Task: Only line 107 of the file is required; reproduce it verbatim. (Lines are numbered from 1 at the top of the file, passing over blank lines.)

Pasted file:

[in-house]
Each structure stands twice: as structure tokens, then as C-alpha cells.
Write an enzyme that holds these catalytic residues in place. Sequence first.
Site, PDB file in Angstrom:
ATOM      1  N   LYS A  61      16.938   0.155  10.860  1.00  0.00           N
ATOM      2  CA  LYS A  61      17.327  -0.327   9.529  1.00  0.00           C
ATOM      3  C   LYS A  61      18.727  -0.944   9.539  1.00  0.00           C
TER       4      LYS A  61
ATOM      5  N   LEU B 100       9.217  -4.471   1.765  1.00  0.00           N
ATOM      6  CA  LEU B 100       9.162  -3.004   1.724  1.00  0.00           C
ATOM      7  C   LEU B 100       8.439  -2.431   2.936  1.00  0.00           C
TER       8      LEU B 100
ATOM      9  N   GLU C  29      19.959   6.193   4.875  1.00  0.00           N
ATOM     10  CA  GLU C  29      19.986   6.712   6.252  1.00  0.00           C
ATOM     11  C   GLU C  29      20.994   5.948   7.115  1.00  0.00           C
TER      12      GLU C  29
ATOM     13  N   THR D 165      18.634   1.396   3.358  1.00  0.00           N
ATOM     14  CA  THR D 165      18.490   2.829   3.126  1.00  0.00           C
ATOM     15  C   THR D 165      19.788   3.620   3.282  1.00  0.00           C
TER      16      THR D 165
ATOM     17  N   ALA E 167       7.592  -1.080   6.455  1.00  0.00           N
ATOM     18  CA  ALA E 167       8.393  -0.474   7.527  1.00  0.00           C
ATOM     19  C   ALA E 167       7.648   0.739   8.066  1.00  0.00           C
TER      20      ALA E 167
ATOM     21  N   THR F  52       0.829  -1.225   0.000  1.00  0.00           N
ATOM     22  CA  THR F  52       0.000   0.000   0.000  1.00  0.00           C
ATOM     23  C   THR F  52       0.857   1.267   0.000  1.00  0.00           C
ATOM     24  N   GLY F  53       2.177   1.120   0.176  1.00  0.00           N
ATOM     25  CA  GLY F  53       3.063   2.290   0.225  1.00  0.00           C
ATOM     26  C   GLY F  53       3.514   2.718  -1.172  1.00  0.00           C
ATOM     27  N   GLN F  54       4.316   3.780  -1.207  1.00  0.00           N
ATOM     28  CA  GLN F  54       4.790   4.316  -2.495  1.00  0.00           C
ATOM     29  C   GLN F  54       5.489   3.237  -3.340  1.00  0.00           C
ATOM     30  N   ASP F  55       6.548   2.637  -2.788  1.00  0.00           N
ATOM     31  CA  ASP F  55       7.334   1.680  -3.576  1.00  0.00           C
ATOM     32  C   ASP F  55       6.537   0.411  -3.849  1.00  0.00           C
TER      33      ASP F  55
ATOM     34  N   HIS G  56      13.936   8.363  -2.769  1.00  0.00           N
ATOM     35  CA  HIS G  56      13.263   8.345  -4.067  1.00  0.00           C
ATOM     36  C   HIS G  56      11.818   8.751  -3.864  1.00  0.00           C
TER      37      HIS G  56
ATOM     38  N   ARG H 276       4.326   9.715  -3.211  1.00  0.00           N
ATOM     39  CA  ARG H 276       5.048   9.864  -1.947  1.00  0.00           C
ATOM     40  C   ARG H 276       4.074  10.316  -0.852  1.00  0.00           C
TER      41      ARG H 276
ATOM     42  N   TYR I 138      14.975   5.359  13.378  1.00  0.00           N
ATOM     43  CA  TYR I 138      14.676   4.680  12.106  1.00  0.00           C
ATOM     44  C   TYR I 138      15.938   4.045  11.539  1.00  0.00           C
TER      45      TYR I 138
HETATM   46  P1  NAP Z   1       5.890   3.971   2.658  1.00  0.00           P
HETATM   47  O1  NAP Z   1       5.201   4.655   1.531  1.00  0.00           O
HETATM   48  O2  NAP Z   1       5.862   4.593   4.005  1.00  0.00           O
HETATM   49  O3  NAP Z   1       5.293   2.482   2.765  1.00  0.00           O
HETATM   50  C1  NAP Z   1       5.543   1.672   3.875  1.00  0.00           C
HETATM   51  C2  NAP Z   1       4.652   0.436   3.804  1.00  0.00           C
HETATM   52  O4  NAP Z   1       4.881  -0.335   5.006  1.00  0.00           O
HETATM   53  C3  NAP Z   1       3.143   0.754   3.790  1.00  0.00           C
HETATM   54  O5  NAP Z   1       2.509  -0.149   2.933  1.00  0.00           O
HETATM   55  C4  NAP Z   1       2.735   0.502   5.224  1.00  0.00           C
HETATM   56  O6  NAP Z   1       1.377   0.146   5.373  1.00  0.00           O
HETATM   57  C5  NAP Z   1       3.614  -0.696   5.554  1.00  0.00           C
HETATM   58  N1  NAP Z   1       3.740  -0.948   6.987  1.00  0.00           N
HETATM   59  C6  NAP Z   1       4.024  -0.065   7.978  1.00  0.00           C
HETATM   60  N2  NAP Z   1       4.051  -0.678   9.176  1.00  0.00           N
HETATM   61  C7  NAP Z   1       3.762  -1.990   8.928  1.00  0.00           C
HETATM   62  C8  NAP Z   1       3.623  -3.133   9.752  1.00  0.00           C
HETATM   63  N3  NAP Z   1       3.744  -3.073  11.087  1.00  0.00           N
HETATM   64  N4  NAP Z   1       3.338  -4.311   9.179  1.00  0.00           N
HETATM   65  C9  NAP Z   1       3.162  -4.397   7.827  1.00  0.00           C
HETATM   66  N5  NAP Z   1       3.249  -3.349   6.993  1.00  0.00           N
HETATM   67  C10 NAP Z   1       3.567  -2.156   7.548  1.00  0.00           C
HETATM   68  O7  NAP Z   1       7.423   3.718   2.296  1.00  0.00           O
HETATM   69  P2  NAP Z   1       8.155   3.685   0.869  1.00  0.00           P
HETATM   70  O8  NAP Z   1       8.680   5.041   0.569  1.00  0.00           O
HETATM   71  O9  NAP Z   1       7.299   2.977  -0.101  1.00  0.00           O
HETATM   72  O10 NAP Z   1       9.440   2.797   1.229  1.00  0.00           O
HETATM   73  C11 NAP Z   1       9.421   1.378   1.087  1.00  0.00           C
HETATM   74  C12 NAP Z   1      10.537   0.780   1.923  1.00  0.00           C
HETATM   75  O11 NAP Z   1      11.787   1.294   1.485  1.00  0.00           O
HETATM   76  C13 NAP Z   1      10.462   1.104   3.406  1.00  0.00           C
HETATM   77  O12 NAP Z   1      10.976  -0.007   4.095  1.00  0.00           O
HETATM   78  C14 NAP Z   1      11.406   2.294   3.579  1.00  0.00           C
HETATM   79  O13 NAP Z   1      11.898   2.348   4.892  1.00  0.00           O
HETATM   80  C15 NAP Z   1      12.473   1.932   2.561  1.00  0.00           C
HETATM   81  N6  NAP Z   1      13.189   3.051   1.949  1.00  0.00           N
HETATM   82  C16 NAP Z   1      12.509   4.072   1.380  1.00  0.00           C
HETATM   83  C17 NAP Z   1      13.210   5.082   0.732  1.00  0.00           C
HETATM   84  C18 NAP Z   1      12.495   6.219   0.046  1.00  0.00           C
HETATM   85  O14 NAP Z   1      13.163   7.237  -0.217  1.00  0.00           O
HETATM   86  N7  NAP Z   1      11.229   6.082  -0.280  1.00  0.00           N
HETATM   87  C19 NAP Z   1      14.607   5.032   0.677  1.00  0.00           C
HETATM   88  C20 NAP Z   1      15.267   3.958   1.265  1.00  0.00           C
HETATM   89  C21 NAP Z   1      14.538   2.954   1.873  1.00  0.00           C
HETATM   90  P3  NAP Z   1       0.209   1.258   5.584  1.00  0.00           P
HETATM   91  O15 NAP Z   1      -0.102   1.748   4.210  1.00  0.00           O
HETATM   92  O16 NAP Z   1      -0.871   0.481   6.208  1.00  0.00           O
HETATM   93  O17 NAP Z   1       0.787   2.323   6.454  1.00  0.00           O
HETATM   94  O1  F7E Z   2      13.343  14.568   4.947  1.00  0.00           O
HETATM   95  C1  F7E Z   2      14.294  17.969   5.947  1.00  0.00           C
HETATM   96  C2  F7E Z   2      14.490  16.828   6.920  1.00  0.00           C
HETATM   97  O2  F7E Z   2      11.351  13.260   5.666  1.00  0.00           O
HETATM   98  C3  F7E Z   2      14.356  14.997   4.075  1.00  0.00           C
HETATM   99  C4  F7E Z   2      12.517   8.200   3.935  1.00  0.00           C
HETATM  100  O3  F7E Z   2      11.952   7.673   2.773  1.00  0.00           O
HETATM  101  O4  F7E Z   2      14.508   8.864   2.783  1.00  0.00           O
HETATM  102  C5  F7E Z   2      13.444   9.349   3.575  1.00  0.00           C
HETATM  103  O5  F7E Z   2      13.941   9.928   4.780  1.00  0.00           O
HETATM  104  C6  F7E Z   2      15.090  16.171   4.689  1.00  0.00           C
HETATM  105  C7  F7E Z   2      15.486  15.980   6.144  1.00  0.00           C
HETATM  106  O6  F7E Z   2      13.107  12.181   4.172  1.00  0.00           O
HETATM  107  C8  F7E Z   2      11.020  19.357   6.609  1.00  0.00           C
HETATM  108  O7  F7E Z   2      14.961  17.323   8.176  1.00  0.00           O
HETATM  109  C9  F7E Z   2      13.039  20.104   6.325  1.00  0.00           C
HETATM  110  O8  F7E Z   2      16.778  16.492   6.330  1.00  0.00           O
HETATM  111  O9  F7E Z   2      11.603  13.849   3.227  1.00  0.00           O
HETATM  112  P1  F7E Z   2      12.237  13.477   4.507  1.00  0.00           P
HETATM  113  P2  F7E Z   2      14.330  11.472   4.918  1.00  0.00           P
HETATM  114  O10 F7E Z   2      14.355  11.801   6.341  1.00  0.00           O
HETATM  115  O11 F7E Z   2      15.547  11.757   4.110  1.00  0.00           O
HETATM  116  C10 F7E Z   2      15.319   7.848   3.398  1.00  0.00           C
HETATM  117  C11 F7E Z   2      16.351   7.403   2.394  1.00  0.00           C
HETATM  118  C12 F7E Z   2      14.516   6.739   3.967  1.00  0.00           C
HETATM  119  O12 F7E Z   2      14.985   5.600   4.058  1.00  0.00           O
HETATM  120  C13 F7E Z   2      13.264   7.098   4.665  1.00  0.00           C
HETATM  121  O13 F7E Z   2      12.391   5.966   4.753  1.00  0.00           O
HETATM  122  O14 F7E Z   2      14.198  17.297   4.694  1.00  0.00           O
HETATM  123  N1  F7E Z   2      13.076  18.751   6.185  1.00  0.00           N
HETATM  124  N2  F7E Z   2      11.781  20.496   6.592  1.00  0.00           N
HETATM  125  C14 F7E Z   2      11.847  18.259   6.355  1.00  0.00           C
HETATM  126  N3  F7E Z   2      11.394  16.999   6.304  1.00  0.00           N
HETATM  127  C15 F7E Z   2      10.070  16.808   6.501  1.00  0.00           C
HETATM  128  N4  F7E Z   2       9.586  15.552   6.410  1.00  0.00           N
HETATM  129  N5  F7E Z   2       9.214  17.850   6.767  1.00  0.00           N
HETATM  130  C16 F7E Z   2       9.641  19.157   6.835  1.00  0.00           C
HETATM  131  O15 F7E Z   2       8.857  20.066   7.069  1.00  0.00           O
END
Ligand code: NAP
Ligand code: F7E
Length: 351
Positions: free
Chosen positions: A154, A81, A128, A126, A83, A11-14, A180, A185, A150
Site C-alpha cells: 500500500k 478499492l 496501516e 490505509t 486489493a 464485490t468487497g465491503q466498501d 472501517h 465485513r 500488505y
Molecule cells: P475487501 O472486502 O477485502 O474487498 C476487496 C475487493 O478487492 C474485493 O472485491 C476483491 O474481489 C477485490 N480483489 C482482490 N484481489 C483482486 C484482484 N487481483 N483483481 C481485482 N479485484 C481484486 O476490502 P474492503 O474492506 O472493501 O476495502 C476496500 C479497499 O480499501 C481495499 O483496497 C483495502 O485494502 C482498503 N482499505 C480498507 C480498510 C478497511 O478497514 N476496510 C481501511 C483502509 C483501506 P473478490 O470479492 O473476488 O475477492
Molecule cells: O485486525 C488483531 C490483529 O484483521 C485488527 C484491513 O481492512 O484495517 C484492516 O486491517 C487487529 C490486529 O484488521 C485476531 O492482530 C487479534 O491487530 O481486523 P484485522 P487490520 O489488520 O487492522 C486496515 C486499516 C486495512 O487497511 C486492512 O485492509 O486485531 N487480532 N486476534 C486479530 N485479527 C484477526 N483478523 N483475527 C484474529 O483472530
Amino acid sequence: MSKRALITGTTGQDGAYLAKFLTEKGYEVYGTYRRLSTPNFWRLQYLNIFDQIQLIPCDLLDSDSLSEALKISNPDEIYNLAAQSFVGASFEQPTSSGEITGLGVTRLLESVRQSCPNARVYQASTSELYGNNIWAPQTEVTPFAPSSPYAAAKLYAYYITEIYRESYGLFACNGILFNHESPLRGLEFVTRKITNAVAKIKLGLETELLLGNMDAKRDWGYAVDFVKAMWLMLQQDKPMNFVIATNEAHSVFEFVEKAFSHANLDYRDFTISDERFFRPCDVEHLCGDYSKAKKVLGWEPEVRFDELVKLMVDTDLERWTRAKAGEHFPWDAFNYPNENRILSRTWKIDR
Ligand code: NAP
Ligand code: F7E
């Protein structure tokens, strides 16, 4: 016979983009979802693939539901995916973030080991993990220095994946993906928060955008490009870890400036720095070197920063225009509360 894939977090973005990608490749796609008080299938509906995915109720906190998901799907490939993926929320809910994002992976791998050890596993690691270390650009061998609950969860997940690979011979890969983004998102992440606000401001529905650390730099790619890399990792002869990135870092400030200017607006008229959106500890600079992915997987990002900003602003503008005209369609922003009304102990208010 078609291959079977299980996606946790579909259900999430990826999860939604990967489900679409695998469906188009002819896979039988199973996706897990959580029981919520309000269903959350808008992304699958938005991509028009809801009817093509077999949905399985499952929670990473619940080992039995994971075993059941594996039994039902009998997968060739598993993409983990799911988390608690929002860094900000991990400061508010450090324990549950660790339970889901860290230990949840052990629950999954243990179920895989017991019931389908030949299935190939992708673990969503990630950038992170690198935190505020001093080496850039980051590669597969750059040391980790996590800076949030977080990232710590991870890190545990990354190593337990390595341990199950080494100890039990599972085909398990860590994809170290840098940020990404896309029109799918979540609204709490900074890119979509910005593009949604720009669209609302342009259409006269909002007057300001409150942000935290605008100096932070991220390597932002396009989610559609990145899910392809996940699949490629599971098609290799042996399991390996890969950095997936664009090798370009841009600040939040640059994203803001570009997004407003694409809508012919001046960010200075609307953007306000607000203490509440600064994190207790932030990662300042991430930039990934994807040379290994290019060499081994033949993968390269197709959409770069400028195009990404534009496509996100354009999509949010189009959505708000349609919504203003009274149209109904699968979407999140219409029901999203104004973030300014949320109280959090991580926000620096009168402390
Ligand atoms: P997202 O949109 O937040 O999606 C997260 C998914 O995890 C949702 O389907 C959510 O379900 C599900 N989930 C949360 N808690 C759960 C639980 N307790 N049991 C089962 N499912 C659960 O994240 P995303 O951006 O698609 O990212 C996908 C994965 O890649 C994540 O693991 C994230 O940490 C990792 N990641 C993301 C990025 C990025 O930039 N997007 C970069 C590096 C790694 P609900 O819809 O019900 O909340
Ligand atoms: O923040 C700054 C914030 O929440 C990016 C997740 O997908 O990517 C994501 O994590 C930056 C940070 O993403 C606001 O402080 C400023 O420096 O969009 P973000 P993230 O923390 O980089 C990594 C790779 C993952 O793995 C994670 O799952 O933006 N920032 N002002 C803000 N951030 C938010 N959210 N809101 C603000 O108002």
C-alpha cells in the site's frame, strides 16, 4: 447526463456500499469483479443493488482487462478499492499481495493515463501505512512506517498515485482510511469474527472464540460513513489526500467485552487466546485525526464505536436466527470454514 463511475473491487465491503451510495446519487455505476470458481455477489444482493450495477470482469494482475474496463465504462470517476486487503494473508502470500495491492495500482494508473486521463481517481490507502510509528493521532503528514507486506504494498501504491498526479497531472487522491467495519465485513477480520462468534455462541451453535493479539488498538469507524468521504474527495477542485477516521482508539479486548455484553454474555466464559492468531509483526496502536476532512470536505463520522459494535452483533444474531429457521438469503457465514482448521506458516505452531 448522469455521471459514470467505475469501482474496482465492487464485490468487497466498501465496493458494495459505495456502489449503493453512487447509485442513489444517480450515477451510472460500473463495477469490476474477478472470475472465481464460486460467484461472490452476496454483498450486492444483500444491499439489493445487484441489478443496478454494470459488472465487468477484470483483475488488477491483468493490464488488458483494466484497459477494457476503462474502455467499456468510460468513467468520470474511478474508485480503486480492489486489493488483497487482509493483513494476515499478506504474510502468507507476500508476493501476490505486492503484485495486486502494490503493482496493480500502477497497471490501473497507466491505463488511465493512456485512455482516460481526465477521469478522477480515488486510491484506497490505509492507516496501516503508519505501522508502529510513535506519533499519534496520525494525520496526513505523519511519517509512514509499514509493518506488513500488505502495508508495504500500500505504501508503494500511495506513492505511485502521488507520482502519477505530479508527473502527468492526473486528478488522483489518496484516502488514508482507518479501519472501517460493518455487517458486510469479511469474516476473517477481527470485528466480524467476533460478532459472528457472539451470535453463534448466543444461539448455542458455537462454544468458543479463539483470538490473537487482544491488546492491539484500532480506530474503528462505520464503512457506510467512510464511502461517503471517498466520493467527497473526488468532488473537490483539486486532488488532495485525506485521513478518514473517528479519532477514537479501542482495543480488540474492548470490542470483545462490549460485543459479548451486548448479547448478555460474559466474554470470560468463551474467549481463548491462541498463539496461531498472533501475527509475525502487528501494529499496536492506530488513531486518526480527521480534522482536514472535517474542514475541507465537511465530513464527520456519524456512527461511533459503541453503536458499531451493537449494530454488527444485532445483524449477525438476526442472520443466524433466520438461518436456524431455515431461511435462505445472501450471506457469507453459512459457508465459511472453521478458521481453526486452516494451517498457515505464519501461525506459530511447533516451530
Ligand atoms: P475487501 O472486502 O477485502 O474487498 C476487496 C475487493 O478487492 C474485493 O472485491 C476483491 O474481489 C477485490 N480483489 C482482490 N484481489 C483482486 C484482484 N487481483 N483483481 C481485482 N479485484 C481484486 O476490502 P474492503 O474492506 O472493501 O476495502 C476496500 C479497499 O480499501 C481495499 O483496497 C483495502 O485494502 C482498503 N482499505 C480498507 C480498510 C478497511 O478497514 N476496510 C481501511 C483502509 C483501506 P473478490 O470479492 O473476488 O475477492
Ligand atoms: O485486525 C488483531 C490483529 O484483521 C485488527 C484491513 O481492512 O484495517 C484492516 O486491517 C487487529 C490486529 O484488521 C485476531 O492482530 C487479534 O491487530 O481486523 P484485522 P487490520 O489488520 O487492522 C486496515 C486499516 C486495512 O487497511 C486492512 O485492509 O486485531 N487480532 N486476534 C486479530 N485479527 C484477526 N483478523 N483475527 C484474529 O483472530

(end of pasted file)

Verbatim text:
HETATM  103  O5  F7E Z   2      13.941   9.928   4.780  1.00  0.00           O